Ford Focus Rear Shock Absorber Replacement

July 4, 2013 Ford  No comments

Our 2002 year Ford Focus 1.8 diesel recently had its year check up (dreaded MOT) and failed quite badly on a number of suspension components including a ‘Serious fluid leak from the nearside rear shock absorber’! Usually I would try to take on all of these fixes myself over the space of a weekend and arrange a retest the following week but this time I am due to be working away and would not be able to get the retest done in time so I had to compromise and do a few of the easier (and quicker) fixes myself one evening after work and then get the garage to do the rest. In this case the stock of the local motor factors dictated that I would be doing the rear shock absorber. As with brakes, it is always recommended that you replace these in pairs on the axle that you are working on so that meant I had to get both the drivers and passenger side shock absorbers replaced.

Tools/Parts that I required:

  • 19mm Socket for removing the wheel nuts (don’t forget your locking wheel nut too!)
  • 15mm socket for removing the lower shock absorber bolt
  • 13mm socket and spanner for removing the upper shock absorber nut (you may also need some pliers here))

the first job is to remove the centre cap from the wheel on the side of the car you are going to work on first (or both sides if you able to safely jack up and support both sides of the car)


Once you have removed the centre cap you can slightly loosen off the wheel nuts before you jack up the car.


Using a safe jacking method get the car in the air and put some suitable stands under the car before removing the nuts completely and taking off the wheel, this can then be slid half under the car to provide an extra support should your stands give way. You should under no circumstances use the jack provided with the car to carry out work such as this.

As you can see from the next image the shock absorber is wet on the outside from the fluid that is leaking from it so we definitely need to replace this one.


The bottom of the rear shock absorber is held in place with a 15mm bolt, this is done up pretty tight but shouldn’t be impossible to undo with a standard 1/2″ socket and ratchet.


Once the lower bolt has been removed you can find the top of the shock absorber inside the boot, in our case we were able to simply pull the carpet trim to one side without removing any of the surrounding plastic.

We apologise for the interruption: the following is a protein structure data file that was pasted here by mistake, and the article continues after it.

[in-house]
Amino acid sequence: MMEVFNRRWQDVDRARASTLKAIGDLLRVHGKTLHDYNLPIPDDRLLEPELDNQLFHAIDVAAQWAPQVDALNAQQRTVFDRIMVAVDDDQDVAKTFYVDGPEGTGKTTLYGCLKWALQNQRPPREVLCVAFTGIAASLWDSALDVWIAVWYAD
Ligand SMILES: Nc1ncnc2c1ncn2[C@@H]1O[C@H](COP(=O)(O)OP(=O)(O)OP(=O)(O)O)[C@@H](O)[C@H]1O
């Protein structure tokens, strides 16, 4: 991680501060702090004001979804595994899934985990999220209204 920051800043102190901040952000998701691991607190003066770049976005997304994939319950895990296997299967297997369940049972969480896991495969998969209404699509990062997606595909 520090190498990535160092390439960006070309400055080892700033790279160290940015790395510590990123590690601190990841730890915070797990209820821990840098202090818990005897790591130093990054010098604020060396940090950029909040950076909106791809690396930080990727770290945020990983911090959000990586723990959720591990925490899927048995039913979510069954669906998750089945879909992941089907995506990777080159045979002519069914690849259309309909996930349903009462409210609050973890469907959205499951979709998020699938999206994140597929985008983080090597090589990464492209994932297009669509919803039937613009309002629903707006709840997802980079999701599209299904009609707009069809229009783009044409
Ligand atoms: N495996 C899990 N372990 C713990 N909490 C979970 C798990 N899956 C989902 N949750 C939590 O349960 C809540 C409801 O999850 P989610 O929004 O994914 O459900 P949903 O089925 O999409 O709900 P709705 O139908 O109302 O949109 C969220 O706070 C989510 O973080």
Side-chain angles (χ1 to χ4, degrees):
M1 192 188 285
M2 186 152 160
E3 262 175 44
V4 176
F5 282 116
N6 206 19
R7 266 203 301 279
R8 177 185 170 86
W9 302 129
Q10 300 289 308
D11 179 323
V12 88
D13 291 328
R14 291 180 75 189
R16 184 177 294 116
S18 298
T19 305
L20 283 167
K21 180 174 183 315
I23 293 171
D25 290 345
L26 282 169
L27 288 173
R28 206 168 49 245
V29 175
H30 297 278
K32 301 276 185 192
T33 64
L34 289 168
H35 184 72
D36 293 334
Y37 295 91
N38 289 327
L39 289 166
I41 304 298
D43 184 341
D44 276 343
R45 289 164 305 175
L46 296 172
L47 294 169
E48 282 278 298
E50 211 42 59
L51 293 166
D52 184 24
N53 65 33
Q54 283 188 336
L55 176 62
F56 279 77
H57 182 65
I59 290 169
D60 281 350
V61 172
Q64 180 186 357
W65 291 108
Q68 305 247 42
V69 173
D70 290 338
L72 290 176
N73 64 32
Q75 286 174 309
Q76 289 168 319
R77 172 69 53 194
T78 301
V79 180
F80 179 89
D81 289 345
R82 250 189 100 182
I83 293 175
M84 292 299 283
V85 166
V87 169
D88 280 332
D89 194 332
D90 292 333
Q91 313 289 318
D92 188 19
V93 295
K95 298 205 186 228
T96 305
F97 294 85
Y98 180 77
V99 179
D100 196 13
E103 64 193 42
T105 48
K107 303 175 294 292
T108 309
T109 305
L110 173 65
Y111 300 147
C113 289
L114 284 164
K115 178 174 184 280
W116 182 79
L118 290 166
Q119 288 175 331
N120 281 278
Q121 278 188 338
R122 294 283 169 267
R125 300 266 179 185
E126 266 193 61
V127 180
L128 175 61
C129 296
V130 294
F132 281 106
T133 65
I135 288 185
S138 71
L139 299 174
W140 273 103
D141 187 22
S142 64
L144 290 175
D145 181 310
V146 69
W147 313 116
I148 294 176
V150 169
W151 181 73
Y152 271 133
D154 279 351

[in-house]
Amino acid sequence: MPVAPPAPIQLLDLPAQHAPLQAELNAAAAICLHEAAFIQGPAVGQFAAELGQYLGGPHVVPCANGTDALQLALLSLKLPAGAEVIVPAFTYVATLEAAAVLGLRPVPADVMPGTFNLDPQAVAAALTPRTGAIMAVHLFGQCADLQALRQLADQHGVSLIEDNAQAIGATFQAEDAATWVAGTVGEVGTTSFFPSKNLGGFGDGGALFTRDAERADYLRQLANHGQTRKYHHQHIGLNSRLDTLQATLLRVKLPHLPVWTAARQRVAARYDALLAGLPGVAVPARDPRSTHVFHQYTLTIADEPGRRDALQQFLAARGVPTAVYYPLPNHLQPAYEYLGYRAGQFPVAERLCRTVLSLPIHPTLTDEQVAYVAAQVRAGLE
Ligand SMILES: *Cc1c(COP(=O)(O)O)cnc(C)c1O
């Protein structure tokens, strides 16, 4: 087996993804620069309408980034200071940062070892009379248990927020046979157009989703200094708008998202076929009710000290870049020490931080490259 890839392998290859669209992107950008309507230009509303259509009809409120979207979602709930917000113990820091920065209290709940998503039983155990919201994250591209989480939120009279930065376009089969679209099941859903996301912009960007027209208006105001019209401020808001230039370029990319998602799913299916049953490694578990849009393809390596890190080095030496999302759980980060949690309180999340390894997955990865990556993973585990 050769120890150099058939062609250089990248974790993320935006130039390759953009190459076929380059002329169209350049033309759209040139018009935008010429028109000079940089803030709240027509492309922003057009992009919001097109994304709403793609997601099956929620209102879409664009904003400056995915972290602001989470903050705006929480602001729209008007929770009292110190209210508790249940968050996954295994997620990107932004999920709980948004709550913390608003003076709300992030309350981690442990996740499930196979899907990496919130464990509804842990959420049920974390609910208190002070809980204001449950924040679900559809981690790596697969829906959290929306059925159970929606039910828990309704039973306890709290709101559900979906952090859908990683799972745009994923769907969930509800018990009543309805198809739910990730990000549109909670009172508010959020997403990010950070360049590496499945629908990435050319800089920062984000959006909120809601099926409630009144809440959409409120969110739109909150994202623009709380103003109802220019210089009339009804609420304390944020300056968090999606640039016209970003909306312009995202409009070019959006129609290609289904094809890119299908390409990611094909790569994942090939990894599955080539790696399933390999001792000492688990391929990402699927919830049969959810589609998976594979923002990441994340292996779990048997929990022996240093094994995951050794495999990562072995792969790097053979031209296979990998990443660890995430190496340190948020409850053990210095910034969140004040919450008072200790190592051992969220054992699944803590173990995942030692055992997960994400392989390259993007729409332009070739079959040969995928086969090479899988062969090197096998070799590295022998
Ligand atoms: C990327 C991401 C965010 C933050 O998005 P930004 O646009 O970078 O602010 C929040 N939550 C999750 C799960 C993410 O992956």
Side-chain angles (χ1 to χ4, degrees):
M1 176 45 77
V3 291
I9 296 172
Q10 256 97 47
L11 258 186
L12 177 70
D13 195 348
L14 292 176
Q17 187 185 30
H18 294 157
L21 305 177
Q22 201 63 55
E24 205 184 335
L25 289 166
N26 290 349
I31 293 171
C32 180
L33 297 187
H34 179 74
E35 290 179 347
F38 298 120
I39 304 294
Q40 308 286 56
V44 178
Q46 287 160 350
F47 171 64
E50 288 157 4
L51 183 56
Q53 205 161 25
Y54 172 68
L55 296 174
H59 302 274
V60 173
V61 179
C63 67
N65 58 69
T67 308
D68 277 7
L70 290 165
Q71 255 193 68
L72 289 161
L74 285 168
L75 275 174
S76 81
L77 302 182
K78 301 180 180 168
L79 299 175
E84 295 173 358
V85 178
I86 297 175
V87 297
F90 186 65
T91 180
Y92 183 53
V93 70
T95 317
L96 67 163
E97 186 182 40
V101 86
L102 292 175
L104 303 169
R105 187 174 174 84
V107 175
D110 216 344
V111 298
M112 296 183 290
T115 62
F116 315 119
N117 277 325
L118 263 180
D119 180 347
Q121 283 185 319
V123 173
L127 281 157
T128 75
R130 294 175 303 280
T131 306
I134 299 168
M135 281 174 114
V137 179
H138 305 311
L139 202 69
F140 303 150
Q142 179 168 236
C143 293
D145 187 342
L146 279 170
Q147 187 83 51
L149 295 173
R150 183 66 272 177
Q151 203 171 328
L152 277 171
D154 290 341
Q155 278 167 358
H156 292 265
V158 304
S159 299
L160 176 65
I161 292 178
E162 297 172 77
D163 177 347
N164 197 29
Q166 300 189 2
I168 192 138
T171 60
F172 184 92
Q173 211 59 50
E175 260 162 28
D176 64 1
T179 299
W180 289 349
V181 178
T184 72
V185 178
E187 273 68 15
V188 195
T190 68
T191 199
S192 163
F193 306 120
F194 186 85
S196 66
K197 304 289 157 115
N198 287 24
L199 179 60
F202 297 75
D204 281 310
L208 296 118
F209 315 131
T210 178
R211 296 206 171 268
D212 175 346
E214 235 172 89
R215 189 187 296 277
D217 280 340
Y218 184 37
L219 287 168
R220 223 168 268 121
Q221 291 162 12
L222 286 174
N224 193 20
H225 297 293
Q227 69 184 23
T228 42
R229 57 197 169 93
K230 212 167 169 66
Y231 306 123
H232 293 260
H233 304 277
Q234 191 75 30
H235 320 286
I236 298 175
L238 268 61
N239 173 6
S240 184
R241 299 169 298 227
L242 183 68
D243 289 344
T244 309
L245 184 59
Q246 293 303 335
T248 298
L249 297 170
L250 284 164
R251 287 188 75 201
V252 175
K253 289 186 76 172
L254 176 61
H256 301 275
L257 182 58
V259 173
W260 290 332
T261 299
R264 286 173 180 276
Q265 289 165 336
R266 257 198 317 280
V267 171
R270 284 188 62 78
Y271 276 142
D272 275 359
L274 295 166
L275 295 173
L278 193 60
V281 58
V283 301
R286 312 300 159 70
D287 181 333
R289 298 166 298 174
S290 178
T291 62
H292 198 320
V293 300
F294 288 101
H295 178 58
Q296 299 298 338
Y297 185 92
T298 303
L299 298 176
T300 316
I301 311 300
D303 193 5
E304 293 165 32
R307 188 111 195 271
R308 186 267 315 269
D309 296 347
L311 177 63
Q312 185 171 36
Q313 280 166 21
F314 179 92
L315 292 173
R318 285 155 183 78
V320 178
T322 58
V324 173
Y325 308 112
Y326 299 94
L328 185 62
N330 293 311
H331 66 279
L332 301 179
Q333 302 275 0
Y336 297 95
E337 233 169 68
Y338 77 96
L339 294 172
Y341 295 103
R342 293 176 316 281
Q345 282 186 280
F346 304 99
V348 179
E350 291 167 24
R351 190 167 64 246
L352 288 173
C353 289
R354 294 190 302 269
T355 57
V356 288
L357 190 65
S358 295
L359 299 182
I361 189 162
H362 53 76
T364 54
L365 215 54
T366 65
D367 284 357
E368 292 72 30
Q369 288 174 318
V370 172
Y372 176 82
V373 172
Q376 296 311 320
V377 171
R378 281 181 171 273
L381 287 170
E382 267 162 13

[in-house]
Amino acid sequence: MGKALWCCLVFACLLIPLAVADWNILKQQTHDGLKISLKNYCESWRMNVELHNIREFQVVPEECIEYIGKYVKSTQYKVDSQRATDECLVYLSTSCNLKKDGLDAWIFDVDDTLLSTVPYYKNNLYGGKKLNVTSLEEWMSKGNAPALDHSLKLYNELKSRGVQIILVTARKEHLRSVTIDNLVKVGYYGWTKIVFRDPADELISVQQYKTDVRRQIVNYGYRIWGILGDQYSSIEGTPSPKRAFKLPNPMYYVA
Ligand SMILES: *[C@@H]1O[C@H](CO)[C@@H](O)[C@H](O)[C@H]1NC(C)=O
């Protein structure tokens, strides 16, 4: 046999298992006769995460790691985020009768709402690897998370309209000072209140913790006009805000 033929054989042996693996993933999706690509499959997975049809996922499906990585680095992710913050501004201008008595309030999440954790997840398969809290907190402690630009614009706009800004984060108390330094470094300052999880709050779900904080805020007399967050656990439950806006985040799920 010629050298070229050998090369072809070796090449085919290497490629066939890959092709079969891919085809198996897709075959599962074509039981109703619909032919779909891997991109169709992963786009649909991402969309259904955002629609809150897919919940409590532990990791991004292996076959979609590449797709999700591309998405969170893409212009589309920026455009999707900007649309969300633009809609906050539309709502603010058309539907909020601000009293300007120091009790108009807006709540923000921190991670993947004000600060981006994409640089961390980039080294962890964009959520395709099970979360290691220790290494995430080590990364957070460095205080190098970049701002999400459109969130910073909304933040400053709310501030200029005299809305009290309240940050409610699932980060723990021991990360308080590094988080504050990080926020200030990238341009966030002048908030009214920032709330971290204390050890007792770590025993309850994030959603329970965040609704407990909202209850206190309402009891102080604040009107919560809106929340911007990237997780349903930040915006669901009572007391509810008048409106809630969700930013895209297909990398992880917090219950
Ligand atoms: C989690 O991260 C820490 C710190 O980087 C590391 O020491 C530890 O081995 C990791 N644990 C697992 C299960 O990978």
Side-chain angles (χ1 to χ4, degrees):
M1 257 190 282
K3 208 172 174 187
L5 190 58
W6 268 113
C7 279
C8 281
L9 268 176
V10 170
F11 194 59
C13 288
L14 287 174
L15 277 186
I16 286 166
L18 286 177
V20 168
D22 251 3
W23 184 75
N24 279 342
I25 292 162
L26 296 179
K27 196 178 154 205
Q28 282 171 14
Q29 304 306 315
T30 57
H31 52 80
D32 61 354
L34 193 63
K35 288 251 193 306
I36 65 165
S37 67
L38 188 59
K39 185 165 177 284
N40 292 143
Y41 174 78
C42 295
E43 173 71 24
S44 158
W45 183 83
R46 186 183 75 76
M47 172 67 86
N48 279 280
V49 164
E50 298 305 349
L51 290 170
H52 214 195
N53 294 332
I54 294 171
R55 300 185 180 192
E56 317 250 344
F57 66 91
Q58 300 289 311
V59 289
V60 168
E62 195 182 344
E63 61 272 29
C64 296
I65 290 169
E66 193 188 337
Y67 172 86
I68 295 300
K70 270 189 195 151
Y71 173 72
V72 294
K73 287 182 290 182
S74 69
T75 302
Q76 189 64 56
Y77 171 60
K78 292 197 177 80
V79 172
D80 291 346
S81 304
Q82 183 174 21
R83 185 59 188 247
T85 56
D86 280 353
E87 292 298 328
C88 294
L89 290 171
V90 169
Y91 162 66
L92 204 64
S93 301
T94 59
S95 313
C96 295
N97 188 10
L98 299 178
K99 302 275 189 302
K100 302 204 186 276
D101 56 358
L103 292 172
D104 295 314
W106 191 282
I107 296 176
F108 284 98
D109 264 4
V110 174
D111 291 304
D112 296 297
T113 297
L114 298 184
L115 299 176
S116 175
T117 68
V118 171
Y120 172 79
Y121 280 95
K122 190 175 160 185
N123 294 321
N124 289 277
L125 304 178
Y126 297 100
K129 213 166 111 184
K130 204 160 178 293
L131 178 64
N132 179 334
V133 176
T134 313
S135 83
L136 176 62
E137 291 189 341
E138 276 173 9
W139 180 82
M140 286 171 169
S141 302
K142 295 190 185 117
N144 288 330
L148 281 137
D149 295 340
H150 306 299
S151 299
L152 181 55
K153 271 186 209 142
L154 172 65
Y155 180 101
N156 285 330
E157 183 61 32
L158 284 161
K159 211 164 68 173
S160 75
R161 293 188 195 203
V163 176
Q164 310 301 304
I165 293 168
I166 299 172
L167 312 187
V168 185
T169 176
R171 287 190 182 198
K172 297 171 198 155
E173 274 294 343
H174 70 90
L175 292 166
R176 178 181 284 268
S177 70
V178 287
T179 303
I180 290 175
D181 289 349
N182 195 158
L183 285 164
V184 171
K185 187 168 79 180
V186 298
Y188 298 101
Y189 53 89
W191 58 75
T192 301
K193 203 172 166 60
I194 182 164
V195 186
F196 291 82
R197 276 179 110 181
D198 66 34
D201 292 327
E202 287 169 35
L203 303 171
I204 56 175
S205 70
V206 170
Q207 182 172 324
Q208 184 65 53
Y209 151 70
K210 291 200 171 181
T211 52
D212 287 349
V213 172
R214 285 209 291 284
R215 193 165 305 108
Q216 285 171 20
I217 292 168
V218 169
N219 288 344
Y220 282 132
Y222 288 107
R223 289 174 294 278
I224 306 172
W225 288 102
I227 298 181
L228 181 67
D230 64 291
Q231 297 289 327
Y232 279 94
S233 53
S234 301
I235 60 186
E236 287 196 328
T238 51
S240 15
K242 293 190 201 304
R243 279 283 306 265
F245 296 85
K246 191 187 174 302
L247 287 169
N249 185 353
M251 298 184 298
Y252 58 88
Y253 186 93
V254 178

Using the 13mm spanner you can now undo the securing nut, you may notice the suspension arm spinning too, if this is the case you can get a grip on the flat section at the top with a pair of pliers whilst still being able to get your 13mm spanner in place. Once the nut is removed the large metal and rubber washer can be lifted off, this needs to be kept to be re-fitted if you haven’t bought a new one.


You should now be able to easily compress the shock absorber and ‘wiggle’ it free from the upper tube to remove it completely from the car. As you can see from the next photo there are some parts that needed to be moved from the old shock absorber to the new one, just slide them off of the old unit and onto the new one ‘simples’


We found it easier to slide the new shock absorber into place and loosely fit the lower bolt before putting the upper nut on as this stopped the complete shock absorber from dropping down (if you have a spare pair of hands then either way should be easily achievable).


Refit the metal/rubber washer onto the top of the shock absorber in the boot and put on a new nut (our new shock absorber came with one). According to our Haynes manual this nut needs tightening up to 13 ft lbs, again you may need to hold the suspension rod with a pair of pliers whilst starting to tighten this nut up.


Once you have the upper nut tightened up you can go back to the lower bolt and finish tightening that up to 85 ft lbs and then put your wheel back on remembering to tighten the wheel nuts up to the correct setting, ours was 63 ft lbs (don’t forget to check the wheel nuts after 30miles or so to make sure they are still tight!

Job done! Time for a cup of tea before doing the other side.

Disclaimer: The information contained here is to be followed at your own risk, takes no responsibility for your own personal experiences be smart, be safe and have fun!

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